autism_danceSpecialised dance classes for children on the autism spectrum have been expanded in London. The RADiate project – led by the Royal Academy of Dance (RAD) and with generous new funding provided by the City of London Corporation’s charity, the City Bridge Trust – will offer subsidised dance classes to children on the autism spectrum, including children with moderate to severe and complex learning difficulties, and those who are non-verbal in more schools across South and South West London.

The project’s development will also be strengthened by the welcome arrival of Michael Nunn OBE, Co-founder of BalletBoyz, as Ambassador for RADiate. Michael says: ‘Dance, by its very nature, is a natural mode of language. It stimulates the mind and allows us to communicate both emotionally and cognitively in non-verbal ways. These new funds will allow us to offer more children with special educational needs a tool for personal expression and social exploration with RADiate. My own son has autism, and I know how important initiatives like RADiate are in nurturing children in a creative environment at their own pace.’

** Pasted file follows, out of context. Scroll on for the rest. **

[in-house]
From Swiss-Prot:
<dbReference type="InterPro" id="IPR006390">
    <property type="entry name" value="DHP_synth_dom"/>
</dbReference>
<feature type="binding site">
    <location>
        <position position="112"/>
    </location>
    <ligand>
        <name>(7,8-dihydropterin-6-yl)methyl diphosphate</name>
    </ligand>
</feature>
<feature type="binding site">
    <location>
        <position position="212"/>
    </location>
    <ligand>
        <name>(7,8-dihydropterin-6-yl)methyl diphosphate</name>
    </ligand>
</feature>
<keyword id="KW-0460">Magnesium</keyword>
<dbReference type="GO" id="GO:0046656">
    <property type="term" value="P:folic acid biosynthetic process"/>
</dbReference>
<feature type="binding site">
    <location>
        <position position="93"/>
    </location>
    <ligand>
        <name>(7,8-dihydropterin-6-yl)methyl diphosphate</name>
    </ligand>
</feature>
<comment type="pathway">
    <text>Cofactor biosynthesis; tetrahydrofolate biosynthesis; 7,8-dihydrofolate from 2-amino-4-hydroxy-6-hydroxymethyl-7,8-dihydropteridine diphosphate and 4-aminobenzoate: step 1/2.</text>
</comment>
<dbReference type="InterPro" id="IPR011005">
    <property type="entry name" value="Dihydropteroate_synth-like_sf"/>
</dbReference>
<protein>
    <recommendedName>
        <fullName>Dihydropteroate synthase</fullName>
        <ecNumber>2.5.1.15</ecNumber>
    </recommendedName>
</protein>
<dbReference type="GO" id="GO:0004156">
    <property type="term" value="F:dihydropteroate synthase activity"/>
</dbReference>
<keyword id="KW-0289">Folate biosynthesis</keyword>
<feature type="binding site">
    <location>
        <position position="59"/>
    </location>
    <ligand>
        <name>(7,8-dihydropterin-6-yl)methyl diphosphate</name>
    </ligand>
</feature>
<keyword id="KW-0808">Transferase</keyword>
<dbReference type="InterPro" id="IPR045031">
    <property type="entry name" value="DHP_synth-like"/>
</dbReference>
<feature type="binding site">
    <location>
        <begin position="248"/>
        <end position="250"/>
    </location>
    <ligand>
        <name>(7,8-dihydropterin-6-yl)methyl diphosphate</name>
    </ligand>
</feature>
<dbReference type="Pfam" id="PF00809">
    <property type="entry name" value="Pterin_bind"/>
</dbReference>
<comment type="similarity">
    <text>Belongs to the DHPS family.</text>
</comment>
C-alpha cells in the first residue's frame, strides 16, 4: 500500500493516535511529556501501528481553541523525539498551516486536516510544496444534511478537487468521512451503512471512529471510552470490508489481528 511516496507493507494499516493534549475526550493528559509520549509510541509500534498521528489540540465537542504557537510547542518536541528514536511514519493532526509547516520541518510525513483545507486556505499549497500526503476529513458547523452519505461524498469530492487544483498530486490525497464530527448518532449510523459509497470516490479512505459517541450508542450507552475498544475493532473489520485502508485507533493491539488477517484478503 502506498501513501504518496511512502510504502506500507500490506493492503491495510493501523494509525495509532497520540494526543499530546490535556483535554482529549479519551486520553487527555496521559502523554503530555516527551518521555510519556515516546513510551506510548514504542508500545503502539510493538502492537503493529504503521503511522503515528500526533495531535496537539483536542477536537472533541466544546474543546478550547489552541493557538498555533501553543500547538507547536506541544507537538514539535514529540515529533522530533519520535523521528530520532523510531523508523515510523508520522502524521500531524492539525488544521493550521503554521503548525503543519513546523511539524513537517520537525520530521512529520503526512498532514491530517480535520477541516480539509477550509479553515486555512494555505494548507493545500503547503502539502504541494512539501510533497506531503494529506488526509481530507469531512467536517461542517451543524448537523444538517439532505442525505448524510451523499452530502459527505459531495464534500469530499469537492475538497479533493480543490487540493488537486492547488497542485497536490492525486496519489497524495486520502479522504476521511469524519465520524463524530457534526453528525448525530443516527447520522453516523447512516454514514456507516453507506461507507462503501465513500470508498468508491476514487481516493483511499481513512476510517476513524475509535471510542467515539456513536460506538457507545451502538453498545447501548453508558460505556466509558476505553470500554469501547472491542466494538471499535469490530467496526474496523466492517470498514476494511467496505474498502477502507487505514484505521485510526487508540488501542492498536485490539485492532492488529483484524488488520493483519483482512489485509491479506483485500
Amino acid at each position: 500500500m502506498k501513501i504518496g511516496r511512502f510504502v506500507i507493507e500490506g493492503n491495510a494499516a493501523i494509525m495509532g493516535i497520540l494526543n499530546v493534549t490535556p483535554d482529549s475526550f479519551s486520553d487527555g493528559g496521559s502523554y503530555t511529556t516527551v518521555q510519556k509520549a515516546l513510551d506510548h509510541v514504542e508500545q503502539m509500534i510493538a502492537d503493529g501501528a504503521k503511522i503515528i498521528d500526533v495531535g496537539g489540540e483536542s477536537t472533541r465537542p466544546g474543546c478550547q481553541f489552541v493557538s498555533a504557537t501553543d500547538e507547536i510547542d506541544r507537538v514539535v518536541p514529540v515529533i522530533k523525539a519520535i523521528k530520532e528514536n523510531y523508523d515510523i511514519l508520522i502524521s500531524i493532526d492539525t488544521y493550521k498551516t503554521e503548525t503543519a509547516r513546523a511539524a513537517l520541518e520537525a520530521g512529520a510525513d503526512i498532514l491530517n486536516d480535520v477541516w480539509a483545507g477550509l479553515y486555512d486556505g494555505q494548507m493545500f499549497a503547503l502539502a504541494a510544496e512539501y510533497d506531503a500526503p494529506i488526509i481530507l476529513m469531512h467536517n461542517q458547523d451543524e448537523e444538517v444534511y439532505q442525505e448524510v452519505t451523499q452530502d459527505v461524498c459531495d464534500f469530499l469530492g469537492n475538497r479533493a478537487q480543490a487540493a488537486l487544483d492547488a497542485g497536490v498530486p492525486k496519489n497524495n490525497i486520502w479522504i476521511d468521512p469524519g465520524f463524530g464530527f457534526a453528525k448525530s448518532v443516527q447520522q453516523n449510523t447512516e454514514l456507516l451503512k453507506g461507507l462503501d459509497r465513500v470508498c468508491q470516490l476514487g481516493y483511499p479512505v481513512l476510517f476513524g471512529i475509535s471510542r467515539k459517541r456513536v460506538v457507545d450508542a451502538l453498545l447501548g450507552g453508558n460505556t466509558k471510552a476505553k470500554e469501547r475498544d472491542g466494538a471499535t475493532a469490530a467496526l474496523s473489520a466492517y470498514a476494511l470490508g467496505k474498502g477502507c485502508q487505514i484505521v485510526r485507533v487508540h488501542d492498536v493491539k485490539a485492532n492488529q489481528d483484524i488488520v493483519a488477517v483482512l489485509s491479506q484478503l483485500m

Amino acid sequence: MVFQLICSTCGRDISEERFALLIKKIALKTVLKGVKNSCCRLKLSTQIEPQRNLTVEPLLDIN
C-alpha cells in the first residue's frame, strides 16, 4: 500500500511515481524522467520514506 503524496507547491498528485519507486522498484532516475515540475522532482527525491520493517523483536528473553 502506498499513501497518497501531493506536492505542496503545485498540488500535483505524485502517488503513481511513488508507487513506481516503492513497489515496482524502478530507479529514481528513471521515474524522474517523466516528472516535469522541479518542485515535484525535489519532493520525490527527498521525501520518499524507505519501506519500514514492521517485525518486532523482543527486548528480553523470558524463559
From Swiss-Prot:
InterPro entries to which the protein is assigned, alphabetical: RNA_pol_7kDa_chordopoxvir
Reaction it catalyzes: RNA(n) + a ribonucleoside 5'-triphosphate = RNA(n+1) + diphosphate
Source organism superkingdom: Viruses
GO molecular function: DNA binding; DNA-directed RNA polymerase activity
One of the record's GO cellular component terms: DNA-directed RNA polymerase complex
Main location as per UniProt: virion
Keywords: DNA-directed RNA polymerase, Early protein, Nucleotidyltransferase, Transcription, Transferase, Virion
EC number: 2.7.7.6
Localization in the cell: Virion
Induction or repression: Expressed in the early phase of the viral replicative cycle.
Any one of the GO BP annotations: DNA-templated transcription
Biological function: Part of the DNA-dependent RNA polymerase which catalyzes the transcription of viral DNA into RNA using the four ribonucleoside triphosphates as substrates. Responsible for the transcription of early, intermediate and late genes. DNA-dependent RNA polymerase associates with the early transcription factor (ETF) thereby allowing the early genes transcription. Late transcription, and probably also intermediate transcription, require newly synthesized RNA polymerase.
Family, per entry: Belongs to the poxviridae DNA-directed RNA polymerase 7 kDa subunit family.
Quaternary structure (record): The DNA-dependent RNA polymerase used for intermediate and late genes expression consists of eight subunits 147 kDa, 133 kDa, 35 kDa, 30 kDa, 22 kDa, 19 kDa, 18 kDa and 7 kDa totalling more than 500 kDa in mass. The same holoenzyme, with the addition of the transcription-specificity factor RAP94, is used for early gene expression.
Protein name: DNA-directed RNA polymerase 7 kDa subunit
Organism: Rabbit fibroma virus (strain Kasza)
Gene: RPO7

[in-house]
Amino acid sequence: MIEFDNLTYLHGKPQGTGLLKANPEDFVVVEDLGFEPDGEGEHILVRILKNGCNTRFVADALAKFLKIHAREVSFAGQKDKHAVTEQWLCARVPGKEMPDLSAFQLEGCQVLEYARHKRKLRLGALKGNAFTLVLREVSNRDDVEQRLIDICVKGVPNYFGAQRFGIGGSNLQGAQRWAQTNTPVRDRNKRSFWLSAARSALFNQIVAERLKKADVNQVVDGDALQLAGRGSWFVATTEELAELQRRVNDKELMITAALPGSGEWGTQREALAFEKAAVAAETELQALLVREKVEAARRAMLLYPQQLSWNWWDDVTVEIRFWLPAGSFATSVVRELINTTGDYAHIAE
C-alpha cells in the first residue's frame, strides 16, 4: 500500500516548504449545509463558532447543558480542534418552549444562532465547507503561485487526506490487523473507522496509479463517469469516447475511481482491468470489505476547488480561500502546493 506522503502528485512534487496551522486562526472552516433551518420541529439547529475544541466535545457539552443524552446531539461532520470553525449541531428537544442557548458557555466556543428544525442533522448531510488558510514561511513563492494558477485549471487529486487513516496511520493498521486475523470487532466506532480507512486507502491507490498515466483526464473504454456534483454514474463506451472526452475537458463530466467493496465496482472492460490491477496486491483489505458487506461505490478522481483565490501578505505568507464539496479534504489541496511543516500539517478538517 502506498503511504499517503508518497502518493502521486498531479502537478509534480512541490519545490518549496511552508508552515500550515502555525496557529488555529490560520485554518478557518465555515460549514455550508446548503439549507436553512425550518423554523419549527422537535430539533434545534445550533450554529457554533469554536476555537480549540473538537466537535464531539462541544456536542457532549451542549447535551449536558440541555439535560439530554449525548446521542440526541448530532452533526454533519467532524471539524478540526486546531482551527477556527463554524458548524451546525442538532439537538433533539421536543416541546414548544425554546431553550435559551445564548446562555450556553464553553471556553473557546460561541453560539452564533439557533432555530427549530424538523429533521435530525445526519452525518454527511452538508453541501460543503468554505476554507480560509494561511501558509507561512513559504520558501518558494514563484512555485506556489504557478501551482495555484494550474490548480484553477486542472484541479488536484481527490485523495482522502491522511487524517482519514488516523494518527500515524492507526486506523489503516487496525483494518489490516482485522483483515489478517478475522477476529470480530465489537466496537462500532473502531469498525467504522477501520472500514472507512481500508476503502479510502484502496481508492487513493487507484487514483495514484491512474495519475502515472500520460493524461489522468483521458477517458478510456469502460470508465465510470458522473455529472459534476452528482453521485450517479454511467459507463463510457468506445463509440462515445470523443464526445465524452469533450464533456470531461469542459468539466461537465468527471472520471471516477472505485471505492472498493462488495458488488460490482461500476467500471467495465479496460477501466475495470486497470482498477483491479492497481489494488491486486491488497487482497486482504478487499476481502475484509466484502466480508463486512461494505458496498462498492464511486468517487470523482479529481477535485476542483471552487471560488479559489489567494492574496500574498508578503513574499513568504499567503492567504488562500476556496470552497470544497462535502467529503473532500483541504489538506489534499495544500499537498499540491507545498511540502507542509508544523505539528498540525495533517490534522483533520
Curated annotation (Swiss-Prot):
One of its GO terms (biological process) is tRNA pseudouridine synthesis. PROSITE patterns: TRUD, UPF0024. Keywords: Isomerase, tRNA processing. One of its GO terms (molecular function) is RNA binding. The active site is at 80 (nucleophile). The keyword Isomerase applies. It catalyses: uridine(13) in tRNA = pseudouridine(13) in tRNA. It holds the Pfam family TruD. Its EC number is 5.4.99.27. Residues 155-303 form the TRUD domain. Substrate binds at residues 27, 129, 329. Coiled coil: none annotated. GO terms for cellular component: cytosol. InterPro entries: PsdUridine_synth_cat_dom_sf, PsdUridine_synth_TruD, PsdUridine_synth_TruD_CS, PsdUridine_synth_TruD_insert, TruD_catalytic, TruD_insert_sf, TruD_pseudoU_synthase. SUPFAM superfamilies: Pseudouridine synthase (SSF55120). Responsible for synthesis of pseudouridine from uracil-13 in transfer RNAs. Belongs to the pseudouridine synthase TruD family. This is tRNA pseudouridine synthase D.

The RADiate project – established in 1990 – currently provides weekly dance sessions in ten primary special schools and mainstream schools with Autism Spectrum Disorder bases within South and South West London, and one ‘hub’ venue at the RAD Headquarters in Battersea, that currently allows students from 9 schools who cannot support RADiate sessions onsite to attend. The City Bridge Trust has offered RADiate a grant of almost £150,000 over three years, which will allow the RAD to consolidate and expand this inclusive outreach project into more schools, and meet more students’ needs beyond the current 3 London boroughs: Wandsworth, Hammersmith and Fulham, and Southwark.

RADiate helps children with autism-spectrum disorders or learning difficulties to grow and discover with the support of teaching assistants. Apart from benefiting creatively, participants also benefit educationally, physically and socially since the specific nature of dance particularly suits their more visual, non-verbal learning style. They learn all the action words found in dance by physically doing them, and use Makaton signing to enhance the rich language of storytelling. These sessions are led by highly-experienced specialist dance teachers.

The RADiate project has already begun this year and has a full quota of London schools enrolled. Anyone interested in registering their schools’ interest to join the project in the future can contact: courses@rad.org.uk